Monday, August 31, 2020

Which Is Stronger Brass or Bronze?

 

If you’re choosing between brass and bronze for your application, there are many factors to consider: resistance to corrosion and wear, price, appearance, and conductivity are just a few. One of the most important factors for many applications is strength—which is stronger, brass or bronze? Here’s what you should know. 

What Is Bronze?


Bronze and brass are both made with copper, but bronze is made with a combination of copper and iron, tin, zinc, aluminum, or magnesium. Bronze is commonly used to fabricate items that need to be resistant to wear like bearings, gears, pump parts, and valves. Another popular use for bronze is in architectural details, sculptures, and statues.

(If you’re interested in learning more, read about how bronze is made on our blog.)

What Is Brass?


The main difference between brass and bronze is that brass is made primarily with copper and zinc, although other elements like iron, manganese, aluminum, lead, and tin can be added to change the color of the resulting alloy or give it different characteristics. The strongest varieties of brass have the highest levels of zinc. Brass is a popular choice for jewelry and other consumer goods because it can be manufactured in a wide range of colors, from red to yellow.

(Read more about the process of how brass is made.)

Brass vs. Bronze Strength


To answer which metal is stronger, brass or bronze, it’s important to take a moment to think about what we mean by strength. “Strength” isn’t a physical property we use in the industry to characterize different metals; instead, physical properties include characteristics like conductivity, resistance to corrosion, luster, formability, and hardness.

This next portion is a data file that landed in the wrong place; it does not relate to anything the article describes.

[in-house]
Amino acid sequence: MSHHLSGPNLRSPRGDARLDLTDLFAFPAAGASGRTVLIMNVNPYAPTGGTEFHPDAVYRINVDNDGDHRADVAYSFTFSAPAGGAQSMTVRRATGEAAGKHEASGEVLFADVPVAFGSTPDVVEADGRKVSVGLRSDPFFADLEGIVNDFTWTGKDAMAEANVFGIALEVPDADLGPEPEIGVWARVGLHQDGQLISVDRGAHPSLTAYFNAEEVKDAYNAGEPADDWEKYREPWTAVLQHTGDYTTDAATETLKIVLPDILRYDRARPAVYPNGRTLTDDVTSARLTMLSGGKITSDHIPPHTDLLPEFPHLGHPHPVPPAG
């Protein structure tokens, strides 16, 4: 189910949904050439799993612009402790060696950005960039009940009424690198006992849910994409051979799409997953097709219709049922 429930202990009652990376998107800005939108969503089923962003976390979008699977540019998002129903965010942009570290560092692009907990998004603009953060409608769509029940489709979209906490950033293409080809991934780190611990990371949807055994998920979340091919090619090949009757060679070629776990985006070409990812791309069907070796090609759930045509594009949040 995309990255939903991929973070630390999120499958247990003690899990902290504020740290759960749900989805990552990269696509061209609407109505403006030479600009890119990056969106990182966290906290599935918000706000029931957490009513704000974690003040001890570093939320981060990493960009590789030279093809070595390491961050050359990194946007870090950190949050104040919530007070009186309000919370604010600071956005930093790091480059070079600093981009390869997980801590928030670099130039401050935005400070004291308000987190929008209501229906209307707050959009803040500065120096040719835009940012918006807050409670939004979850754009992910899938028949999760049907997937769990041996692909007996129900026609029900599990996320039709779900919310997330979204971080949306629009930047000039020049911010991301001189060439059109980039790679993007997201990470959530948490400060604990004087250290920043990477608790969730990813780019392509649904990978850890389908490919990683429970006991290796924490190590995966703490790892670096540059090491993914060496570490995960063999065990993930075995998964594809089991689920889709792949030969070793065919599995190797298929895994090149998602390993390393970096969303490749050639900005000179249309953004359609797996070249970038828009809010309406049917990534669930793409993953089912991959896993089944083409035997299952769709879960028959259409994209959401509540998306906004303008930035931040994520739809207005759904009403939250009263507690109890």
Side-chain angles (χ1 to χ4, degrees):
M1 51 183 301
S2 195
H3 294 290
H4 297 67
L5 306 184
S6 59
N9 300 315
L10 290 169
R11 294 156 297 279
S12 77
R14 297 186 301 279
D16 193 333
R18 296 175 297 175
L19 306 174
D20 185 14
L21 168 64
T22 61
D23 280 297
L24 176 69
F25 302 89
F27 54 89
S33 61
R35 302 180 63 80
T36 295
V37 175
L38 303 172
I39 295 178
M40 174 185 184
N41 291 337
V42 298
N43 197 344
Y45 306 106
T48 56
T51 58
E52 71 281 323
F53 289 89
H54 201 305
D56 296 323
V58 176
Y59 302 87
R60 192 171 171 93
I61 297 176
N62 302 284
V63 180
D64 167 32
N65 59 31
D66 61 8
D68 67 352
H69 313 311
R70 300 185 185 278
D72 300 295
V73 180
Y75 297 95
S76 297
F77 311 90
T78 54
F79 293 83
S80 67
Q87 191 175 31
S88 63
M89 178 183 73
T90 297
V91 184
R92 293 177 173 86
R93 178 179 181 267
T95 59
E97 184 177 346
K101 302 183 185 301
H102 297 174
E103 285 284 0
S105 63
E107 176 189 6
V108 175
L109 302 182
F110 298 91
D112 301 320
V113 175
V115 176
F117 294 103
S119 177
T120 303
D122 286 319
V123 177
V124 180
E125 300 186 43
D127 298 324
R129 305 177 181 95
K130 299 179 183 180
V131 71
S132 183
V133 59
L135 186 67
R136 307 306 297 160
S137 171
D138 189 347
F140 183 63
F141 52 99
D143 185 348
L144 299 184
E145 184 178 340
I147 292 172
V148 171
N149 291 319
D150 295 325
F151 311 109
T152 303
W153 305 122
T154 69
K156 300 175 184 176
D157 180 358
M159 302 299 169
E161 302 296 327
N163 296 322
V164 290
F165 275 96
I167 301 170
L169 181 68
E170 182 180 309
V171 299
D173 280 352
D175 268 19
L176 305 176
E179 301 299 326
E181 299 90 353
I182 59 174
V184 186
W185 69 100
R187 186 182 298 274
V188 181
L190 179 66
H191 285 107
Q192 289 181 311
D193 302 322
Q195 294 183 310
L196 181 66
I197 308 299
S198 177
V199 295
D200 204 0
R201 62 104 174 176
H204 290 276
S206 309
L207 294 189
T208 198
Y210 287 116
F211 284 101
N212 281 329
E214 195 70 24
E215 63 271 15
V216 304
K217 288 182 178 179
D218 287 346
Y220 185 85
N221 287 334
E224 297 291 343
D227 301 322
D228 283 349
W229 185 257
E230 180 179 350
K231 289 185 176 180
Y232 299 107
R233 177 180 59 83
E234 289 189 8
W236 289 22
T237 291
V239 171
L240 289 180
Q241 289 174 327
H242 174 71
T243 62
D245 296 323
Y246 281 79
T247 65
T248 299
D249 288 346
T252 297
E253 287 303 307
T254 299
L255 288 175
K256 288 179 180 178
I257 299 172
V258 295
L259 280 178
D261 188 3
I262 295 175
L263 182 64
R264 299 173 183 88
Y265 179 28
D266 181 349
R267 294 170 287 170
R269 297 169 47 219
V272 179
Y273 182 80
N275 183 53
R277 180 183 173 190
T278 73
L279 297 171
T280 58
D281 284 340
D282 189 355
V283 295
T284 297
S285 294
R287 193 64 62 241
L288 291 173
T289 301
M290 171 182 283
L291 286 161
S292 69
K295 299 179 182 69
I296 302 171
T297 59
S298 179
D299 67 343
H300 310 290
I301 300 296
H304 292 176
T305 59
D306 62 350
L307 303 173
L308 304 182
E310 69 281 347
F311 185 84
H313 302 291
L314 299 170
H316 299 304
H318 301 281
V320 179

Thus, when it comes to determining which is stronger, we need to take a closer look at the properties needed for your application. Do you need a metal that is malleable instead of brittle? In this case, you will want to choose brass. Do you want a metal that has a higher melting point? Bronze comes out on top here. Bronze is also more resistant to corrosion. If by strength, you want the harder or the two metals, bronze is also the winner.

The benefit of working with metal alloys like bronze and brass is that there are many choices available, as different formulations can yield completely different physical properties. Our team at Atlas Bronze can help you understand the best material for your application.

Brass vs. Bronze Price


If you’re still wondering, “should I choose bronze or brass?”, you may want to look at the price of each. Bronze is typically more expensive than brass, although the exact cost depends on the composition of the alloys you’re comparing. 

Learn More About How to Tell the Difference Between Brass and Bronze


Are you deciding between bronze or brass for your application? Do you need help understanding the differences between these options? Atlas Bronze is here to help you with all of your purchasing decisions. Contact us at 1-800-478-0887 to speak with one of our experts and get started.

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